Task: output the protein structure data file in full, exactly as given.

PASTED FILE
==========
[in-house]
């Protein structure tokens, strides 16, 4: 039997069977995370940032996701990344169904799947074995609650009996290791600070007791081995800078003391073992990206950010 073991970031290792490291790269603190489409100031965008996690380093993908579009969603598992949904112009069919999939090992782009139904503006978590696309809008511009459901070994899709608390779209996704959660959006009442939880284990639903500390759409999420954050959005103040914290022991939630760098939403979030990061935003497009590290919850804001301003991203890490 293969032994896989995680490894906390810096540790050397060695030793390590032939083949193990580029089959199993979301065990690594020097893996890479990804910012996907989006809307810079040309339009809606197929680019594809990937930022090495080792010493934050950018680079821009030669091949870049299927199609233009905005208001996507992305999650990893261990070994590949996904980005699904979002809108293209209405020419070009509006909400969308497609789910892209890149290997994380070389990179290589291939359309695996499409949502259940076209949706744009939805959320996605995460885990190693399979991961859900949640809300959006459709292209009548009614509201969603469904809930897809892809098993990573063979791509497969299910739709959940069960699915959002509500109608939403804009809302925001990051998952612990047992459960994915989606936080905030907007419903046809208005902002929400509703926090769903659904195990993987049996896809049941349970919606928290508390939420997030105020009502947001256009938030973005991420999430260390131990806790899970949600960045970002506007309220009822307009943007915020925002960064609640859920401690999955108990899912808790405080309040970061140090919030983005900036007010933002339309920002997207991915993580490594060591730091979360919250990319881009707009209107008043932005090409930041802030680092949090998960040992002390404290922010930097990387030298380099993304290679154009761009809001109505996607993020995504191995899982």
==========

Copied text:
[in-house]
């Protein structure tokens, strides 16, 4: 039997069977995370940032996701990344169904799947074995609650009996290791600070007791081995800078003391073992990206950010 073991970031290792490291790269603190489409100031965008996690380093993908579009969603598992949904112009069919999939090992782009139904503006978590696309809008511009459901070994899709608390779209996704959660959006009442939880284990639903500390759409999420954050959005103040914290022991939630760098939403979030990061935003497009590290919850804001301003991203890490 293969032994896989995680490894906390810096540790050397060695030793390590032939083949193990580029089959199993979301065990690594020097893996890479990804910012996907989006809307810079040309339009809606197929680019594809990937930022090495080792010493934050950018680079821009030669091949870049299927199609233009905005208001996507992305999650990893261990070994590949996904980005699904979002809108293209209405020419070009509006909400969308497609789910892209890149290997994380070389990179290589291939359309695996499409949502259940076209949706744009939805959320996605995460885990190693399979991961859900949640809300959006459709292209009548009614509201969603469904809930897809892809098993990573063979791509497969299910739709959940069960699915959002509500109608939403804009809302925001990051998952612990047992459960994915989606936080905030907007419903046809208005902002929400509703926090769903659904195990993987049996896809049941349970919606928290508390939420997030105020009502947001256009938030973005991420999430260390131990806790899970949600960045970002506007309220009822307009943007915020925002960064609640859920401690999955108990899912808790405080309040970061140090919030983005900036007010933002339309920002997207991915993580490594060591730091979360919250990319881009707009209107008043932005090409930041802030680092949090998960040992002390404290922010930097990387030298380099993304290679154009761009809001109505996607993020995504191995899982």